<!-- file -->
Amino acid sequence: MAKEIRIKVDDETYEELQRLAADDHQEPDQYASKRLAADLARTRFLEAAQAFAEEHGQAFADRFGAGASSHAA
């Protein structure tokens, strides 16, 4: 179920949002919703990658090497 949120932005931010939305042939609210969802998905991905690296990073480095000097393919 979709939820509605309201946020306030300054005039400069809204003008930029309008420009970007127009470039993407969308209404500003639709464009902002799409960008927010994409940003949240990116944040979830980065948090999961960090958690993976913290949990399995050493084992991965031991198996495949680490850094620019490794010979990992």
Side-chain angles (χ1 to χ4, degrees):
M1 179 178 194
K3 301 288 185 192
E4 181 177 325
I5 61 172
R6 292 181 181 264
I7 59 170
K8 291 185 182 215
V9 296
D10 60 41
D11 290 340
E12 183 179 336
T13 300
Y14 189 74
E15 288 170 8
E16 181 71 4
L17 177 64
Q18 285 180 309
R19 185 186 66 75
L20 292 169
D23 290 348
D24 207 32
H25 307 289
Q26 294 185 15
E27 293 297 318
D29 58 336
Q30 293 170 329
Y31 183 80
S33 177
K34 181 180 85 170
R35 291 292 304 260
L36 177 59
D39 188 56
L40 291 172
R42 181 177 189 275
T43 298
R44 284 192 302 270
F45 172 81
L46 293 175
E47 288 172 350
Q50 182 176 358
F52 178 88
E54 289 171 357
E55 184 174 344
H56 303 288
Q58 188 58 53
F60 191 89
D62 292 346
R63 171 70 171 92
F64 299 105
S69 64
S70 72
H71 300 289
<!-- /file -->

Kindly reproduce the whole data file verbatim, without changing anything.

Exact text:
Amino acid sequence: MAKEIRIKVDDETYEELQRLAADDHQEPDQYASKRLAADLARTRFLEAAQAFAEEHGQAFADRFGAGASSHAA
């Protein structure tokens, strides 16, 4: 179920949002919703990658090497 949120932005931010939305042939609210969802998905991905690296990073480095000097393919 979709939820509605309201946020306030300054005039400069809204003008930029309008420009970007127009470039993407969308209404500003639709464009902002799409960008927010994409940003949240990116944040979830980065948090999961960090958690993976913290949990399995050493084992991965031991198996495949680490850094620019490794010979990992």
Side-chain angles (χ1 to χ4, degrees):
M1 179 178 194
K3 301 288 185 192
E4 181 177 325
I5 61 172
R6 292 181 181 264
I7 59 170
K8 291 185 182 215
V9 296
D10 60 41
D11 290 340
E12 183 179 336
T13 300
Y14 189 74
E15 288 170 8
E16 181 71 4
L17 177 64
Q18 285 180 309
R19 185 186 66 75
L20 292 169
D23 290 348
D24 207 32
H25 307 289
Q26 294 185 15
E27 293 297 318
D29 58 336
Q30 293 170 329
Y31 183 80
S33 177
K34 181 180 85 170
R35 291 292 304 260
L36 177 59
D39 188 56
L40 291 172
R42 181 177 189 275
T43 298
R44 284 192 302 270
F45 172 81
L46 293 175
E47 288 172 350
Q50 182 176 358
F52 178 88
E54 289 171 357
E55 184 174 344
H56 303 288
Q58 188 58 53
F60 191 89
D62 292 346
R63 171 70 171 92
F64 299 105
S69 64
S70 72
H71 300 289